...relationship, we automatically indulge in smalltalk. We talked about sports, so we talked about news the day orwe talked about the weather or whatever. This situation around us in the virtualworld. You got to establish a more powerful connection fast stir, and soI would say skip the Chit Chat and go deep as soon as as possible. That maybe a little uncomfortable and may take a while to get used tothat, but the point is you got to establish a strong connection that's goingto endure through the normal ups and downs of any relationship, and to dothat you have to go deep. So that that would be the first thing. First two things go go facetoface periodically if you can, especially at thebeginning, and then go deep if it's going to be all virtual. Andthen one that's kind of fun and rather simple to do is if you've gota virtual relationship, spice it up from time to time with something physical,that is, a physical object. I did happened on this early on duringthe pandemic, when I was working with a couple of comedy clubs that weredevastated something. They had no audience and they were going like, how canwe do this online? Is it funny? Does anybody will anybody watched? Theyit was all early days. We're trying to figure this out and wehappen to stumble on this little joke that got one comedy club, I think, through the first three weeks or so of their their online existence, whichwas it was really funny for people to see. If you imagine a zoomcall where you've got people lined up left to right in their little boxes onthe zoom and we would take a physical object and by we would appear topass it from one zoom box to the other. And of course what weall had the same physical object. But let's imagine a Mug, let's saythe Coffee Mug, and you passed it and the other person then grabbed andit was the same bug. People thought that was Hilarious, and the reasonwas because we were mixing the physical and the virtual. And so that turnsout to be a good thing to do. Wine tasting clubs found that that thatsurprisingly, perhaps maybe just because it's wine, but also because they hadthe same objects they were opening and drinking from different locales. That had akind of strength to it. So that's a third thing to do. Anotheris to and, and you allude to this before, and this is whatI love about your work and what you do, is if your relationship isprimarily text based or even audio conference based, then get out the cell phone andsend a little video messages to each other, because with that you can, even though it's not perfect, you can include some facial expression, alittle warmth, a little color, tell people what they're doing, what you'redoing, that kind of water cooler sense just to chat. Make it friendly, keep it simple, keep it short. So that's another another way you canadd a little richness to the to the virtual and then one more ifwe're getting more serious. For any ongoing relationship, whether it's your internal teamor whether it's a customer facing one where you've got regular meetings over time,let's say it's a complicated customer relationship, not just a one off sale,then you want to establish somebody who acts as a the MC for that relationship, because it turns out the relationship can be measured over time by how muchinput everybody has. I'll imagine out a team of five people and when youstart out, all five are communicating pretty equally throughout the the call and thenover time, person number three in person number five start to kind of dialback and they say less and less and they go quiet and and it getsto be hard work to get them to communicate. That's a real sign thatsomething's wrong, it's not easy to quantify unless you've got an MC who's payingattention to it and making sure that everybody participates. So for any ongoing relationship, and MC is a great way just to keep track of the relationship aspectof things, and that person then can check in and a less threatening wayand say hey, I noticed you weren't saying much less time. It's everythingokay, anything going on that you want to tell me about? So on. So many useful ideas in there. I encourage people to bounce back andlisten to that pass again. A couple really big ones that I especially enjoyedwas this blend of the physical and the virtual and making that work together and, of course, going all the way back to the top of that one, this idea of filling up the reservoir, knowing that these relationships deteriorate over time, as you shared earlier in the conversation, and filling the reservoir backup by spending a time again facetoface and keeping that kind of that kind ofthing going. So all of us are in typically, whether it's through repeatand referral business or whether it's through a subscription model that needs tension and expansionwithin the account. All of us now are typically aspiring to build long termrelationships, to provide ongoing impact for the customer and to generate ongoing revenue forour own organizations, and so these tips are really, really helpful. Thankyou so much for sharing those. For...

...folks who enjoyed this conversation, thisis part of a summer takeover. We've got a book called Human Centered Communication. I was fortunate enough to encounter, can you hear me, by ourguest today, Nick Morgan, while I was writing that book. It avalidated a lot of my own thoughts and research and intuition and be inspired meand Steve, my co author, on the book. And so if youwant to learn more about that book, you can check it out a bombcombook. If you want to hear the conversations we have with several other peoplewho are featured and mentioned in the book, Go right now to Bombombcom podcast.Several of them are already released. Several more are still to come throughthe release of the book in October. Before I let you go, Nick, I would love for you to do a couple things for us. Thefirst is to think or mention someone who's had a positive impact on your lifeor your career. And the second is to give a mention or a nodor a shout out to our company or a brand that you personally appreciate forthe experience that they deliver for you as a customer. Absolutely, and thanksfor the opportunity. That's good fun. So the the shout out to theperson who was a real mentor to be was when I started writing speeches forthe governor of Virginia. That's how I got my public speaking career started.I had the chief of staff, was the gentleman I reported to, andhe was a farmer marine and he was tough as nails and when I didn'tmeasure up to his expectations, which frequently happened early on especially, he wouldcall me into his office and he would dress me down in in very graphiclanguage and at the time I thought that he was a little too tough onme and you should have been nicer. And I was an academic, formeracademic, and I appreciated politeness. In the academic world they may talk aboutyou behind your back, but but facetoface, it's all polite. Well, Irealized over I over time I came to value just how much that thatrelationship had had taught me about the public speaking world, and he was trulythe baptism by fire in that. And and so shout out to David McLeodwho who changed my life in a good way, especially after I was donein the Bruce's yield. So thank you day and then, for the companythat is consistently great, I'd have to mention hub spot, which is asoftware company, CRM company, bigger than that now, but that's why peoplethink of a typically that's based in Cambridge in Boston, near where I live, and they have just been wonderful to work with from from start to finish. They put the customer at the center relationship and they say that a lotof companies do, but they actually make it happen. And so they theyare, I think, living the customer centric dream and and shout out tothem. Yeah, they really are great call on on both of those,by the way. I love that story and I love to call the hubspot. We've had three hub spotters as guests on this podcast. I recommendthe book in bound organization. They're absolutely leaders in both customer experience and employeeexperience. So I really appreciate that shoutout. Before I let you go, Nick, how can someone follow up on this conversation? How can they learnmore about your books, about public words, about you? Like? Where wouldyou send people to follow up on this conversation? To the website publicwordscom. And there's a treasure trove there, since I've been blogging since two thousandand seven, so there's a ridiculous treasure trove of information about communications,public speaking, virtual communications and a lot of free stuff, as well asopportunities to connect with us. Awesome. That is public wordscom. He isDr Nick Morgan. I am your host, Ethan, but thank you all somuch for listening and thank you so much, nick, for a thework that you do and be for spending this time with us. That's agreat pleasure even thank you. Too often you're overwhelmed by the amount of noisein your Inbox, in slack, in your linkedin messages and every other channeland medium you use. And guess what, so are your prospects, customers,employees and recruits. Digital pollution is the problem. Human centered communication isa solution from the authors of the best selling book rehumanize Your Business comes anew book, Human Centered Communication, a business case against digital pollution, featuringexpert insights from leaders at companies like sales force, hub spot and Van Gresso, giving you proven methods to earn attention, build trust, create engagement and enhancedreputation, helping you connect and communicate more effectively with the people who mattermost. Learn more and pre order your copy today at Bombombcom. Book andask about special packages for your team,...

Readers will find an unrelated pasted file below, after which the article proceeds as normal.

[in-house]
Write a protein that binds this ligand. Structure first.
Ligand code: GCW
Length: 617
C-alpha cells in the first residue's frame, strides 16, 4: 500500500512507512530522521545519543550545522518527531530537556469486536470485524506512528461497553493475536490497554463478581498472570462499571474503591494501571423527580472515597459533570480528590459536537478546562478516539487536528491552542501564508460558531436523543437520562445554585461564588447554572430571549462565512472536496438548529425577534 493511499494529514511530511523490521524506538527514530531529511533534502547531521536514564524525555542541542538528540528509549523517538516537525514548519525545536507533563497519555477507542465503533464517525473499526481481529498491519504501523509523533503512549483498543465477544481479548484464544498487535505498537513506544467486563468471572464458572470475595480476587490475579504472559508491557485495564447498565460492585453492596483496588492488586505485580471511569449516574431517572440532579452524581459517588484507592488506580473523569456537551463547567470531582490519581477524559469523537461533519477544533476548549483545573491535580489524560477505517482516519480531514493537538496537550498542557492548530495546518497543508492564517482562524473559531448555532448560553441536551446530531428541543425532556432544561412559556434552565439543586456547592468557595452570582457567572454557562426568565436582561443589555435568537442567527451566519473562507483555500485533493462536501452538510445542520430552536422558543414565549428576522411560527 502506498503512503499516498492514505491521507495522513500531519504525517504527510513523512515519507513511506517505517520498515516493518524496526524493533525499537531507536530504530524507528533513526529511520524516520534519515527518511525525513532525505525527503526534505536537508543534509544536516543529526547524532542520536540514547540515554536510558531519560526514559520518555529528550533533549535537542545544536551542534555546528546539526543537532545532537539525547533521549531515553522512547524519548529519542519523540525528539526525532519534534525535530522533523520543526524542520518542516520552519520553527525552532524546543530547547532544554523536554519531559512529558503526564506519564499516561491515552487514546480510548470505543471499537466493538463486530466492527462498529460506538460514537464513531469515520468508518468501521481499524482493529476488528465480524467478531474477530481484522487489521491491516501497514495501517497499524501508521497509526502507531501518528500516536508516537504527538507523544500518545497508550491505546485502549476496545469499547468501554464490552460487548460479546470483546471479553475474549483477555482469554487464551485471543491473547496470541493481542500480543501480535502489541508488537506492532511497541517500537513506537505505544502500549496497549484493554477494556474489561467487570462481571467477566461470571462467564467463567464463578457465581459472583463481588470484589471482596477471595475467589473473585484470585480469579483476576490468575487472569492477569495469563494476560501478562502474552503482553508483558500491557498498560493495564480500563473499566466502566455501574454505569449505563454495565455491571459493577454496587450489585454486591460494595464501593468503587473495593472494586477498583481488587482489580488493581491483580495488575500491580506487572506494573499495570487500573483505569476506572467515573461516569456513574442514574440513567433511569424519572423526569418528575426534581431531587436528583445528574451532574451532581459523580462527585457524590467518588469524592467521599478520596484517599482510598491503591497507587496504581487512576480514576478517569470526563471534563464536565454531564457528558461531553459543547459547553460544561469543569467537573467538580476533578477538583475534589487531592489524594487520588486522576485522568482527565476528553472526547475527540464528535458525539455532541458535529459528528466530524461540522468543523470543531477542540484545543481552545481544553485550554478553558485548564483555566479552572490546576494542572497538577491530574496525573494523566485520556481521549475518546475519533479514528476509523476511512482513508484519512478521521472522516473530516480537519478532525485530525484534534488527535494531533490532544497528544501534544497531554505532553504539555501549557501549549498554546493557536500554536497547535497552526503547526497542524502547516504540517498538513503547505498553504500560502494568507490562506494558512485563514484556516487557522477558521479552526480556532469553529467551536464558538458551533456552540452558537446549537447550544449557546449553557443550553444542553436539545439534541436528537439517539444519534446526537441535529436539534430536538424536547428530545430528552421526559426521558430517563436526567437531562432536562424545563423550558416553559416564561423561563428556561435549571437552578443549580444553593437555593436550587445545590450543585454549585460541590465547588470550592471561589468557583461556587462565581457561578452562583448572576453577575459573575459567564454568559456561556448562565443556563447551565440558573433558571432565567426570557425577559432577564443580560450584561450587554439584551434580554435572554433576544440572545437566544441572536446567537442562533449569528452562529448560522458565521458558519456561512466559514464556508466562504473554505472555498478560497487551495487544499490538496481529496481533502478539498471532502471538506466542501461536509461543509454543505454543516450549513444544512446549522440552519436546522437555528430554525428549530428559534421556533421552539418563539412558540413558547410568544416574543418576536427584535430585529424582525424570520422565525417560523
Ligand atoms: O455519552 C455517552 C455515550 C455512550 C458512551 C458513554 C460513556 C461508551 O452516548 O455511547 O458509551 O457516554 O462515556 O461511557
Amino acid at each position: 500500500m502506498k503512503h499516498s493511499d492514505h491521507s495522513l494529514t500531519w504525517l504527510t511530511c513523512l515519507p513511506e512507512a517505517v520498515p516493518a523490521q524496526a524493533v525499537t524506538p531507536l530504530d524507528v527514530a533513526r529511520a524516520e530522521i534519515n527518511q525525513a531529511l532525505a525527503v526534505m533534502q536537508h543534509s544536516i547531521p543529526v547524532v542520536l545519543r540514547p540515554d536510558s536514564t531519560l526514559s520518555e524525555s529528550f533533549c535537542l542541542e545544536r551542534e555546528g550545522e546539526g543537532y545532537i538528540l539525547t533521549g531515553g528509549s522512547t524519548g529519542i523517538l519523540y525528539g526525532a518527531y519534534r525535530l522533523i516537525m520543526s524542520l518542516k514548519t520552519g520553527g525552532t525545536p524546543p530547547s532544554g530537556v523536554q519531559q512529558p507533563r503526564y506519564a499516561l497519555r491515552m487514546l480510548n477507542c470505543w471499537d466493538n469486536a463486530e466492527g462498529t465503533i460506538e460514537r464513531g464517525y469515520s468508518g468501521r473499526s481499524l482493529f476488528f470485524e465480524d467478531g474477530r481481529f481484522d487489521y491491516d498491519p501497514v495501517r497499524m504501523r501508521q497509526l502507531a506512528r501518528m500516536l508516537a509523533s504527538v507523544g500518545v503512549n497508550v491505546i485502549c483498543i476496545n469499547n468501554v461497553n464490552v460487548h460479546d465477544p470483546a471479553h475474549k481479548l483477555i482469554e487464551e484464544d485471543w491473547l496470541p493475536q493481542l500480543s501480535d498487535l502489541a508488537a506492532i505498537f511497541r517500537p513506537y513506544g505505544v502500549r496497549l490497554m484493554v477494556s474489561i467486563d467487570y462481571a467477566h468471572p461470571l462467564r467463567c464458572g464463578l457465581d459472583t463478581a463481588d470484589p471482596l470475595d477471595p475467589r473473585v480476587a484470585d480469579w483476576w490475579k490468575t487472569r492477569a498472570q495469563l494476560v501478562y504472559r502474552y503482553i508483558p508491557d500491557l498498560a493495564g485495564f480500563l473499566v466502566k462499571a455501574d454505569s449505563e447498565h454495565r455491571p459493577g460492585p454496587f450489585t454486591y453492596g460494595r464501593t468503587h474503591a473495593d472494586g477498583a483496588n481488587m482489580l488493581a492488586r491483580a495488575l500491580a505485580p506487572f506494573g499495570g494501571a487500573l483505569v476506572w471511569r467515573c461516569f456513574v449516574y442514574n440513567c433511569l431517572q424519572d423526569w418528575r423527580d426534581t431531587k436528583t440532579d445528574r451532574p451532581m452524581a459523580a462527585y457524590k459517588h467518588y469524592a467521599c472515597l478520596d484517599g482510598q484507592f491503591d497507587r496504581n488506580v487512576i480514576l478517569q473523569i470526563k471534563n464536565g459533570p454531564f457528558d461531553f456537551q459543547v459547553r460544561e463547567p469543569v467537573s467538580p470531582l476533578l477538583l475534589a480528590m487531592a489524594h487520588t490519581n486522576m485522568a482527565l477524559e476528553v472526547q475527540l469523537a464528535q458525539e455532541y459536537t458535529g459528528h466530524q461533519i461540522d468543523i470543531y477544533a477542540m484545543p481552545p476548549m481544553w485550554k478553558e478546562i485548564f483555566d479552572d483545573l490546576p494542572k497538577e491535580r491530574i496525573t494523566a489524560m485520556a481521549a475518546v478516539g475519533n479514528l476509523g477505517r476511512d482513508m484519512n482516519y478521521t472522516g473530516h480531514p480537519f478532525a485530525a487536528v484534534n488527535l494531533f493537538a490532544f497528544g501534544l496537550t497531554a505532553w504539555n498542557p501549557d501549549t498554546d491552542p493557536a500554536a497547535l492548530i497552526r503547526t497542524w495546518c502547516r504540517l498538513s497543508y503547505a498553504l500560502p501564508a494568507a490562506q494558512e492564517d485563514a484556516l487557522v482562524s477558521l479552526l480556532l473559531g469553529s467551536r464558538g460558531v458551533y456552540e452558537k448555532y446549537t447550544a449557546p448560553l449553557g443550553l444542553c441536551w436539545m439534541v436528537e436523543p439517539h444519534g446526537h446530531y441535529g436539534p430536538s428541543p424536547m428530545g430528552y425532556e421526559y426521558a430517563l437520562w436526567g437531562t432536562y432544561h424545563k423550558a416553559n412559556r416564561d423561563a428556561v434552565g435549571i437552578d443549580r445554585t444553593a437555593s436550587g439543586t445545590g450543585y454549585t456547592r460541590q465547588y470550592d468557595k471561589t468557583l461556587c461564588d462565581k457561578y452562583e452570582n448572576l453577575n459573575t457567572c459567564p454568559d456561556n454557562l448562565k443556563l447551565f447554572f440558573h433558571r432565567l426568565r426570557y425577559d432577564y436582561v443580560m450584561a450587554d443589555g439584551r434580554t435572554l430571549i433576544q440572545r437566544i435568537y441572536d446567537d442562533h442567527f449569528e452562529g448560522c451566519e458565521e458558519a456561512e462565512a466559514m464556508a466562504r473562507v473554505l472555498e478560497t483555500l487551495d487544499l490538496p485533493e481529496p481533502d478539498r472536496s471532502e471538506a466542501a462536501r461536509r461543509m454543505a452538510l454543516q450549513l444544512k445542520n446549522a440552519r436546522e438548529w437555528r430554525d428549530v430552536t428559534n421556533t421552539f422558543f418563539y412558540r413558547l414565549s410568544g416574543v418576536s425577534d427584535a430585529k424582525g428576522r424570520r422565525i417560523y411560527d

...your company or your community by emailingbook at Bombombcom, visit Bombombcom, book or email book at Bombombcom. Thanksfor listening to the customer experience podcast. Remember the single most important thing youcan do today is to create and deliver a better experience for your customers.Continue Learning the latest strategies and tactics by subscribing right now in your favorite podcastplayer or visit bombombcom. PODCASTS.